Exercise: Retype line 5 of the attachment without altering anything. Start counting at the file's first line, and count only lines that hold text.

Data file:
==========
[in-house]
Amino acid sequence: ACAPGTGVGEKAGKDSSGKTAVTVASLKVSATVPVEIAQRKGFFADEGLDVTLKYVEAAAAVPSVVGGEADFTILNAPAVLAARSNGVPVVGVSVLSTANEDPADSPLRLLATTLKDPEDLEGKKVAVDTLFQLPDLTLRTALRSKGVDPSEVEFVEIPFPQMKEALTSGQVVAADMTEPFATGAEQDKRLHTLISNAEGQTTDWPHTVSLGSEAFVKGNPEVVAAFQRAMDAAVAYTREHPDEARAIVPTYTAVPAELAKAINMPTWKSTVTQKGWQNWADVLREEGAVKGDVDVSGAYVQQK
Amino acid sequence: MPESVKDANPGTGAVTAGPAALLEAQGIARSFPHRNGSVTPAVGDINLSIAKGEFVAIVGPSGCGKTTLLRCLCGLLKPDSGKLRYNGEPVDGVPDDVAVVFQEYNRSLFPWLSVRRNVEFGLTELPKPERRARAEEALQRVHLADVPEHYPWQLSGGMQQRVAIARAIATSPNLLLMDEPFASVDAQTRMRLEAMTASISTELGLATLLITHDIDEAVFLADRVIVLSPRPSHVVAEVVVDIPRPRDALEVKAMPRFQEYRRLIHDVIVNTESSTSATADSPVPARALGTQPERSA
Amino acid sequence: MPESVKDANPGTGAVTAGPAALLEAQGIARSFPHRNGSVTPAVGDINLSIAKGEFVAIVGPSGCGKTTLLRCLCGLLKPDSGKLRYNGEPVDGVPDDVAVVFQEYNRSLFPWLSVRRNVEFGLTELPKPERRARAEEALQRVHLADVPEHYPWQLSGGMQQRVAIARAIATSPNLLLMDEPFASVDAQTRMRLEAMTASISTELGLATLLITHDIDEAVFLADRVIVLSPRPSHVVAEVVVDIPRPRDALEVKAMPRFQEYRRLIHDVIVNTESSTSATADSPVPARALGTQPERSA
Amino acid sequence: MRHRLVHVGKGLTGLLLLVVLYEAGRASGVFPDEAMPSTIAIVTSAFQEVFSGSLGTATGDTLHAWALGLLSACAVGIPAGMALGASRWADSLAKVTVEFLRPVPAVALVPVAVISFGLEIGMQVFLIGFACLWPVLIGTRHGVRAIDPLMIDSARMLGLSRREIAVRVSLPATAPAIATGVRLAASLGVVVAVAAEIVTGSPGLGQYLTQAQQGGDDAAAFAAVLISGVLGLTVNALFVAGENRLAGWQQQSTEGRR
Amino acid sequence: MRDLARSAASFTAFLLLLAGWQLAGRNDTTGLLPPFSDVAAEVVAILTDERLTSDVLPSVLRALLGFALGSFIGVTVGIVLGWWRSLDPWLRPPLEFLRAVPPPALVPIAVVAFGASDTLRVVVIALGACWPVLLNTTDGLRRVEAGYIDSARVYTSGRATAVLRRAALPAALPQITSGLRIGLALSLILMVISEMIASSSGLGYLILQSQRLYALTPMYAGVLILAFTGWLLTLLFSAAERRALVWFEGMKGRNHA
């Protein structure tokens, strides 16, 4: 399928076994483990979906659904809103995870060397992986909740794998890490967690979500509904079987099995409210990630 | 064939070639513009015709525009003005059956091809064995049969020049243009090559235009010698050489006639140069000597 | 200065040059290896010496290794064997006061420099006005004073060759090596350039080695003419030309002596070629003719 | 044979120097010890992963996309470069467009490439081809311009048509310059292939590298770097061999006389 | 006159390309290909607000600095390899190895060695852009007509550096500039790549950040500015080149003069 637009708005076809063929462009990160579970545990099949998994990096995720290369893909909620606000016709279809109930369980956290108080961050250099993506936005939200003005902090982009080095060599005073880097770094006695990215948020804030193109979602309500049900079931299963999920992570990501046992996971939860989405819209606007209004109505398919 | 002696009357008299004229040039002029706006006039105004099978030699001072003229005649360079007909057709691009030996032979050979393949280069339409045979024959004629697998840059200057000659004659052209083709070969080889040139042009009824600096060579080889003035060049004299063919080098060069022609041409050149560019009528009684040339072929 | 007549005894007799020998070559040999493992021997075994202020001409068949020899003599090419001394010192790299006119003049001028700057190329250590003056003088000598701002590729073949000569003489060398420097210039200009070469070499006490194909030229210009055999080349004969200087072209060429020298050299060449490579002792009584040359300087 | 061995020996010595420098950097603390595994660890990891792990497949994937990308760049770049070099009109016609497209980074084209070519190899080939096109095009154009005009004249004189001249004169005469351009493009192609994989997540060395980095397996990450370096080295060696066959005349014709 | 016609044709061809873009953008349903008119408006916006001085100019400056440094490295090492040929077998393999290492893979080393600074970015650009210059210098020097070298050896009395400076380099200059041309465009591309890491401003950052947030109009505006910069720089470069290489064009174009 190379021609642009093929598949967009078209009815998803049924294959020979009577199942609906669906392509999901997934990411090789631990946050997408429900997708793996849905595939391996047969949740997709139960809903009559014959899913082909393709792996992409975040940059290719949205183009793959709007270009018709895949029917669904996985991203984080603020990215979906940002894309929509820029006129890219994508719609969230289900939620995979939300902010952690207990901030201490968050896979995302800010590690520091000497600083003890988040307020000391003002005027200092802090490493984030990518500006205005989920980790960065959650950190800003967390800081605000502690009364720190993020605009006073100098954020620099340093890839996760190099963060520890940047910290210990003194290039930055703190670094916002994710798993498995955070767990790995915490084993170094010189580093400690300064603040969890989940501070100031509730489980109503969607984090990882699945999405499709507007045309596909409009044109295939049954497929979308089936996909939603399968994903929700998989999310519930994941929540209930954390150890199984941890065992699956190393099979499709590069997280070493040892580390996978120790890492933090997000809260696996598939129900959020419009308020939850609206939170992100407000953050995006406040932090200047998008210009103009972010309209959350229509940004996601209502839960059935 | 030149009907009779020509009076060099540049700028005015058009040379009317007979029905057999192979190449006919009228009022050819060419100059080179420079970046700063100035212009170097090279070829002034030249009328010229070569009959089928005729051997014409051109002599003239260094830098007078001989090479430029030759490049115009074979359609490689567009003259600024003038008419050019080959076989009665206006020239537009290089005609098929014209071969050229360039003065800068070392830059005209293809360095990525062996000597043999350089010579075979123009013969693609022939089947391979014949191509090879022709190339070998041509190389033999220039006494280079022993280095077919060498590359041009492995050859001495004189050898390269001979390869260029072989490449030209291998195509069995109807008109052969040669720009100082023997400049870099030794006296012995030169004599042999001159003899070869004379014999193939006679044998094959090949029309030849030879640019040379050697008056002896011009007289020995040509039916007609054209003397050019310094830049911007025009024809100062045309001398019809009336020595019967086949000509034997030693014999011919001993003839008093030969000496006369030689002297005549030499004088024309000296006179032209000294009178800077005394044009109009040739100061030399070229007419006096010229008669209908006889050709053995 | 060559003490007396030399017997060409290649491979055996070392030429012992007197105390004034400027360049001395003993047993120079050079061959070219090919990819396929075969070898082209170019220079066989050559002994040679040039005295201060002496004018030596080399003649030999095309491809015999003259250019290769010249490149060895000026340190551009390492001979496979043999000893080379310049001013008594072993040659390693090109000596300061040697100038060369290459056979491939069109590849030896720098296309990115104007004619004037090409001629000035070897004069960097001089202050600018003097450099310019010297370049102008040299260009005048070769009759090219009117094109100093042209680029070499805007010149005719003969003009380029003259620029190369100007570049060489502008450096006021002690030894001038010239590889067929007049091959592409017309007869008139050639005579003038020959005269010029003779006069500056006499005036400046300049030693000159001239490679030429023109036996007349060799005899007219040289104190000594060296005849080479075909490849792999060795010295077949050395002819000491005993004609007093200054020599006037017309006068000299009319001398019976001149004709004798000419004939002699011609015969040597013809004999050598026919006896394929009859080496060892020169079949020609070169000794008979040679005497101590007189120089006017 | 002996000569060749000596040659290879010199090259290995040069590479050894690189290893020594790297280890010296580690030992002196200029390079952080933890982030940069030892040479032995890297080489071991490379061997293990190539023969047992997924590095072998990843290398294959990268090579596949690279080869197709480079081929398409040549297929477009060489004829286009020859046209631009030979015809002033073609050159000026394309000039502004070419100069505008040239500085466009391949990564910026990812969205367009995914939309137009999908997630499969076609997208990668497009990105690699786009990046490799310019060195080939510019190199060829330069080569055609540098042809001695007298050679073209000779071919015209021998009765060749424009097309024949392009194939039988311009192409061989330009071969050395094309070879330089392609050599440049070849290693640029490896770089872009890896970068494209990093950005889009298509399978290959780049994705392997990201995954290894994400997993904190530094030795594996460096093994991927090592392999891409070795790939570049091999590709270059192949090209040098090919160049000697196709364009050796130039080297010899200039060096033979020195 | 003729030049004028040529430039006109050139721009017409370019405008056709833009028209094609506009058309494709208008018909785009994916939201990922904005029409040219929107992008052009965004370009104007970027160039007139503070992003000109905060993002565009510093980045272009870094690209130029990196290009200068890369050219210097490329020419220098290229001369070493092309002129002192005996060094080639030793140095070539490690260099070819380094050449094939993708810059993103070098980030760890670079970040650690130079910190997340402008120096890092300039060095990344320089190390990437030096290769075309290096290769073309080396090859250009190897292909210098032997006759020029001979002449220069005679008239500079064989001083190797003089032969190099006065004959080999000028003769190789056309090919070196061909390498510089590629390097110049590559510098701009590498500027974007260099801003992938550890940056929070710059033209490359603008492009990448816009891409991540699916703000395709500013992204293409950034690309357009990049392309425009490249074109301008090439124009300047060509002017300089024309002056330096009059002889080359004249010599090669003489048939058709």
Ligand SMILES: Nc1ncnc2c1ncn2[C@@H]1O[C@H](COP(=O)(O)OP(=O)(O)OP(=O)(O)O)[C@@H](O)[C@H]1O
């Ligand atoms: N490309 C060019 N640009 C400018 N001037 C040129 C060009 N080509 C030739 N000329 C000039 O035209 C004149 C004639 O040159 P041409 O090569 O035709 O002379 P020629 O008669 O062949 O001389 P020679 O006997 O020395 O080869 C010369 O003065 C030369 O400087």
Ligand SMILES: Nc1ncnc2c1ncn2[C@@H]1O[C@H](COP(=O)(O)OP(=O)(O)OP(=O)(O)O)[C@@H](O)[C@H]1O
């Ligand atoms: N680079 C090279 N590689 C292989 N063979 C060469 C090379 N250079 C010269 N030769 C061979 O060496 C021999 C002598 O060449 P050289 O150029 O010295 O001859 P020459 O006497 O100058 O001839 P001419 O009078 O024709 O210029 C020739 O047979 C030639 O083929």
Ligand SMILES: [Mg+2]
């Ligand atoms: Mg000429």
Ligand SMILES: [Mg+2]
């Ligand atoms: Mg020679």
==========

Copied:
Amino acid sequence: MRHRLVHVGKGLTGLLLLVVLYEAGRASGVFPDEAMPSTIAIVTSAFQEVFSGSLGTATGDTLHAWALGLLSACAVGIPAGMALGASRWADSLAKVTVEFLRPVPAVALVPVAVISFGLEIGMQVFLIGFACLWPVLIGTRHGVRAIDPLMIDSARMLGLSRREIAVRVSLPATAPAIATGVRLAASLGVVVAVAAEIVTGSPGLGQYLTQAQQGGDDAAAFAAVLISGVLGLTVNALFVAGENRLAGWQQQSTEGRR